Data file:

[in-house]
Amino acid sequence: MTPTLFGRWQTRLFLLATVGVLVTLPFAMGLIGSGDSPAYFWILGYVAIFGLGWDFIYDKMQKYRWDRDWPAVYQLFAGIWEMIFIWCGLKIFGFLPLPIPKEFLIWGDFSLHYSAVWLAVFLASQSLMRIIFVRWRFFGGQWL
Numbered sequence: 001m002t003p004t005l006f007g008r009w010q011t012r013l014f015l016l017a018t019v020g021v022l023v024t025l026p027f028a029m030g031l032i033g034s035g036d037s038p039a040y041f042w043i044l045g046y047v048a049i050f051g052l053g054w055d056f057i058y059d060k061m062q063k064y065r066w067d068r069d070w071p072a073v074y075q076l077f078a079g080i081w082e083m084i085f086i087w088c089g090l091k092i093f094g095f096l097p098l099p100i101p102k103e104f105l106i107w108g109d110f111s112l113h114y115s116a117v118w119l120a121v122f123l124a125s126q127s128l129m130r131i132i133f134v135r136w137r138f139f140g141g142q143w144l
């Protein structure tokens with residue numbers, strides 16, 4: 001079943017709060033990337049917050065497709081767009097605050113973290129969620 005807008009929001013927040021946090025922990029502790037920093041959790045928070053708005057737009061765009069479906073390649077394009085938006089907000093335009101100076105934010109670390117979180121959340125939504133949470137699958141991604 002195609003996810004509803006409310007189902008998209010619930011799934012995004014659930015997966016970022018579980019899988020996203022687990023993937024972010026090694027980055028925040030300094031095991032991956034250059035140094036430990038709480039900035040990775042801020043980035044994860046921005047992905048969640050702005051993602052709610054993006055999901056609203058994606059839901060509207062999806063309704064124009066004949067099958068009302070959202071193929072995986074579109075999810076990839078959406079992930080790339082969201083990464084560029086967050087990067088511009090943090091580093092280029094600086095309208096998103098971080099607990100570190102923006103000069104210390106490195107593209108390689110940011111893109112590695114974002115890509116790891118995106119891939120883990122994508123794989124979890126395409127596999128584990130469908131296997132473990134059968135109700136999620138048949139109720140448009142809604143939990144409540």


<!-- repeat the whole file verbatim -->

[in-house]
Amino acid sequence: MTPTLFGRWQTRLFLLATVGVLVTLPFAMGLIGSGDSPAYFWILGYVAIFGLGWDFIYDKMQKYRWDRDWPAVYQLFAGIWEMIFIWCGLKIFGFLPLPIPKEFLIWGDFSLHYSAVWLAVFLASQSLMRIIFVRWRFFGGQWL
Numbered sequence: 001m002t003p004t005l006f007g008r009w010q011t012r013l014f015l016l017a018t019v020g021v022l023v024t025l026p027f028a029m030g031l032i033g034s035g036d037s038p039a040y041f042w043i044l045g046y047v048a049i050f051g052l053g054w055d056f057i058y059d060k061m062q063k064y065r066w067d068r069d070w071p072a073v074y075q076l077f078a079g080i081w082e083m084i085f086i087w088c089g090l091k092i093f094g095f096l097p098l099p100i101p102k103e104f105l106i107w108g109d110f111s112l113h114y115s116a117v118w119l120a121v122f123l124a125s126q127s128l129m130r131i132i133f134v135r136w137r138f139f140g141g142q143w144l
């Protein structure tokens with residue numbers, strides 16, 4: 001079943017709060033990337049917050065497709081767009097605050113973290129969620 005807008009929001013927040021946090025922990029502790037920093041959790045928070053708005057737009061765009069479906073390649077394009085938006089907000093335009101100076105934010109670390117979180121959340125939504133949470137699958141991604 002195609003996810004509803006409310007189902008998209010619930011799934012995004014659930015997966016970022018579980019899988020996203022687990023993937024972010026090694027980055028925040030300094031095991032991956034250059035140094036430990038709480039900035040990775042801020043980035044994860046921005047992905048969640050702005051993602052709610054993006055999901056609203058994606059839901060509207062999806063309704064124009066004949067099958068009302070959202071193929072995986074579109075999810076990839078959406079992930080790339082969201083990464084560029086967050087990067088511009090943090091580093092280029094600086095309208096998103098971080099607990100570190102923006103000069104210390106490195107593209108390689110940011111893109112590695114974002115890509116790891118995106119891939120883990122994508123794989124979890126395409127596999128584990130469908131296997132473990134059968135109700136999620138048949139109720140448009142809604143939990144409540």